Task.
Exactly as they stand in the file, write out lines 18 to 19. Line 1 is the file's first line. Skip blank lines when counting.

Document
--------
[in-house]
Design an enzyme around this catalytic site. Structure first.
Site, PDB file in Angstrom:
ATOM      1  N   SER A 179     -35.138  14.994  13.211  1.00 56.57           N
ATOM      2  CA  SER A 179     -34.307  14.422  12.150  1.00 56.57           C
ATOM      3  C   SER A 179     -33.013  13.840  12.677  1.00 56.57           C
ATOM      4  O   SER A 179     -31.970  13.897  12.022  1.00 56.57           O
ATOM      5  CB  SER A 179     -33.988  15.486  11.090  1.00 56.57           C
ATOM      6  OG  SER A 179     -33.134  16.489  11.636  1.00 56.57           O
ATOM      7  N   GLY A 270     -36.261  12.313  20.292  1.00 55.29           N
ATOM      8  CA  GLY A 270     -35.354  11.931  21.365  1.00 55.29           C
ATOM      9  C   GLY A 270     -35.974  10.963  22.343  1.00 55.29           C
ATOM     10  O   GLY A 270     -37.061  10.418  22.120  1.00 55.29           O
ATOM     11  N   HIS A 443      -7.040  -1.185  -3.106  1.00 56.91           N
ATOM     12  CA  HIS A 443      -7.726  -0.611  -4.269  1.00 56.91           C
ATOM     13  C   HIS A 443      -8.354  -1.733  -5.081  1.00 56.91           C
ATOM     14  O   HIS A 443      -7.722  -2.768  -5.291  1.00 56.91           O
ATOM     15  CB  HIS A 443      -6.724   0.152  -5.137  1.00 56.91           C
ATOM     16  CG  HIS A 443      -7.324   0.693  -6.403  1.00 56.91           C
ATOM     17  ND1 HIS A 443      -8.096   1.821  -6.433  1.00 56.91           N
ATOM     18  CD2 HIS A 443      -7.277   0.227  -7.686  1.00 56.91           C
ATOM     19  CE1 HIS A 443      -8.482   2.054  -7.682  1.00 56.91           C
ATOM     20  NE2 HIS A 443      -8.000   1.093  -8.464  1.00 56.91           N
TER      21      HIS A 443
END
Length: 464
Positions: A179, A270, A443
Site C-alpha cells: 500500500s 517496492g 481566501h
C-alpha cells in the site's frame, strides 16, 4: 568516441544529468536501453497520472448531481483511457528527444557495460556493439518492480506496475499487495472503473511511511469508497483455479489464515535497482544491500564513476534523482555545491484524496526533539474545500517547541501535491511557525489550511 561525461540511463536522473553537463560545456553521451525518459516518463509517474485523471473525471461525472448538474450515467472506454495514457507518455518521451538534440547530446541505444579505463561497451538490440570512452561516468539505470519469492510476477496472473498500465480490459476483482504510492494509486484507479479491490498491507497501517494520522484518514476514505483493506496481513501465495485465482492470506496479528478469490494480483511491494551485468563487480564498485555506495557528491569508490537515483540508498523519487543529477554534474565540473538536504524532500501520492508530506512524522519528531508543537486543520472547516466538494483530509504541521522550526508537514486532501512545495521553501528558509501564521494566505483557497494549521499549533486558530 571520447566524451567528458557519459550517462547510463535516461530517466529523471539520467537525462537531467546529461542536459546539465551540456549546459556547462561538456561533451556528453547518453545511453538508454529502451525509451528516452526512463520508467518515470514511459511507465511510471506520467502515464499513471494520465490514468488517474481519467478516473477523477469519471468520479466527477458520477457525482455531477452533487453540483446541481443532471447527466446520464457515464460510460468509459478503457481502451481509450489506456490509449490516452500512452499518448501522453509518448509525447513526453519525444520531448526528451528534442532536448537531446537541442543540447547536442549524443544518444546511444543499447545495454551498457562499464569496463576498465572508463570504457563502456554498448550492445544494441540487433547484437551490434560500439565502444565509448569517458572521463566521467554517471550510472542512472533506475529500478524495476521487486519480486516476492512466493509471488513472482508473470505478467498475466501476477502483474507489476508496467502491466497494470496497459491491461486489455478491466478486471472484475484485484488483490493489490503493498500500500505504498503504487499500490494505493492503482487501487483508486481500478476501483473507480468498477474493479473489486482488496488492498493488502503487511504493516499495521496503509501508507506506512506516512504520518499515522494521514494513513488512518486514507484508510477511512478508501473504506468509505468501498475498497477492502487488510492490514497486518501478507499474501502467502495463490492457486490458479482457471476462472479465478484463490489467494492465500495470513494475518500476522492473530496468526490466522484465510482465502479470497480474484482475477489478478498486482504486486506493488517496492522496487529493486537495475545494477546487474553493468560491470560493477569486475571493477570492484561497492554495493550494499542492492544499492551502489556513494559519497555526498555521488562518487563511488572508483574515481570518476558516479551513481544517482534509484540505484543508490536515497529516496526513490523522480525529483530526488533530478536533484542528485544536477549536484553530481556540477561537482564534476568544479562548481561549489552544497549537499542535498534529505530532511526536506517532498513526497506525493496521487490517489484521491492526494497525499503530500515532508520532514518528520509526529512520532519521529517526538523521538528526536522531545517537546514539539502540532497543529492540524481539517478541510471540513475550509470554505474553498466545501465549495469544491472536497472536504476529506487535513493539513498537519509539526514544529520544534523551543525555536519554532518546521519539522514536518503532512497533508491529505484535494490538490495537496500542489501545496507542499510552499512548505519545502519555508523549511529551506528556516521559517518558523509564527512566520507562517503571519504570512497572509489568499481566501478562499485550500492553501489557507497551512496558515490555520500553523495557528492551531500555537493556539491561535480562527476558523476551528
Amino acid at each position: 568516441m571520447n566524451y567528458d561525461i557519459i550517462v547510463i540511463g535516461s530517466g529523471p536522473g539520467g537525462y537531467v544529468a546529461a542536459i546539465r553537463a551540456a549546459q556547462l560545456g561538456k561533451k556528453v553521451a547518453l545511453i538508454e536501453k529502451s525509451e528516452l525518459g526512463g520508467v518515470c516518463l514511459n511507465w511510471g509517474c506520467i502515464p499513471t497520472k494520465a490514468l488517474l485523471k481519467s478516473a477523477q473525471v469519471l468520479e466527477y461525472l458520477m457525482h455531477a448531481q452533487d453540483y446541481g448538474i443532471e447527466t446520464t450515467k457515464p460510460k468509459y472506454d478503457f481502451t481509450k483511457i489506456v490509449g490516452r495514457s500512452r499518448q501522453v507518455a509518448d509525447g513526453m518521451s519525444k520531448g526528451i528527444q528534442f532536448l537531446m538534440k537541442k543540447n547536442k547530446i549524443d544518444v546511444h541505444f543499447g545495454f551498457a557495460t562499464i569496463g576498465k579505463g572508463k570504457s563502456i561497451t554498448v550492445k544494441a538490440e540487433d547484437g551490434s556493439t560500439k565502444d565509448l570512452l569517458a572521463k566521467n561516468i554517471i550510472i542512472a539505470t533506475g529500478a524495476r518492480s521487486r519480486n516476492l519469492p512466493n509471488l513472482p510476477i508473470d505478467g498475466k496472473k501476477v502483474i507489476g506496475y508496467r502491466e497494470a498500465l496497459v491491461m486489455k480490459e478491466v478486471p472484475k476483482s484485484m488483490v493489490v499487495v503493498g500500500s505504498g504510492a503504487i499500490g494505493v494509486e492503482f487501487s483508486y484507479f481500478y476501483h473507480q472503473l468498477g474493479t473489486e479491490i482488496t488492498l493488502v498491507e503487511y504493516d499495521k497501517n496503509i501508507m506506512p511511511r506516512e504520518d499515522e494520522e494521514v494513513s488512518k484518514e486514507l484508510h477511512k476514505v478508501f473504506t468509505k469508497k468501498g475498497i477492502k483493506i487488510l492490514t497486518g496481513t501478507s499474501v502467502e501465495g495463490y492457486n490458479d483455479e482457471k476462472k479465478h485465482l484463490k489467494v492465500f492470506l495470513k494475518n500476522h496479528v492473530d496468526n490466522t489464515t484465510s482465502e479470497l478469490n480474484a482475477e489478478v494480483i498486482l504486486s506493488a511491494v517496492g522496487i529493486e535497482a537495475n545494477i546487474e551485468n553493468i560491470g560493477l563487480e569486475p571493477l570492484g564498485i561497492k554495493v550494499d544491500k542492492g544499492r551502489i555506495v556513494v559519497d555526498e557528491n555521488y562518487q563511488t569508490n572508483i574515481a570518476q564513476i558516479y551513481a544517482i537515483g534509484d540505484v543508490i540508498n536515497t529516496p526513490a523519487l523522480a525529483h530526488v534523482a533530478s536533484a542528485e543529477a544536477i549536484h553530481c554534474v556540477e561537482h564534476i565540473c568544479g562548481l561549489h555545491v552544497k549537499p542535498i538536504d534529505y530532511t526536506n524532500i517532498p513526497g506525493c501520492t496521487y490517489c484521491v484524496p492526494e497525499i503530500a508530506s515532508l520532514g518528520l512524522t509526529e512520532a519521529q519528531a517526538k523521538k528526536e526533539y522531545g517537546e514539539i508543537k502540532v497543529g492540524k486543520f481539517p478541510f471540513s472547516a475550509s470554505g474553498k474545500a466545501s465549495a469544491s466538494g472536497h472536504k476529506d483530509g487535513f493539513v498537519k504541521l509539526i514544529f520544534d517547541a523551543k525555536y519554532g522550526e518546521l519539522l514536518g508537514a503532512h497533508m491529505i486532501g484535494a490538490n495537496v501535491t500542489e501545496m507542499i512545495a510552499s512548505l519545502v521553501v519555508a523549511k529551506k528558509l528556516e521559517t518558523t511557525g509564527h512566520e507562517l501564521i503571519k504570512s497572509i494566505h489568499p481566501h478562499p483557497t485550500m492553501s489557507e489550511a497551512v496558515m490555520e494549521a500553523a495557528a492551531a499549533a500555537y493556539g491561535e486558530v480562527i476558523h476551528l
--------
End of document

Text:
ATOM     15  CB  HIS A 443      -6.724   0.152  -5.137  1.00 56.91           C
ATOM     16  CG  HIS A 443      -7.324   0.693  -6.403  1.00 56.91           C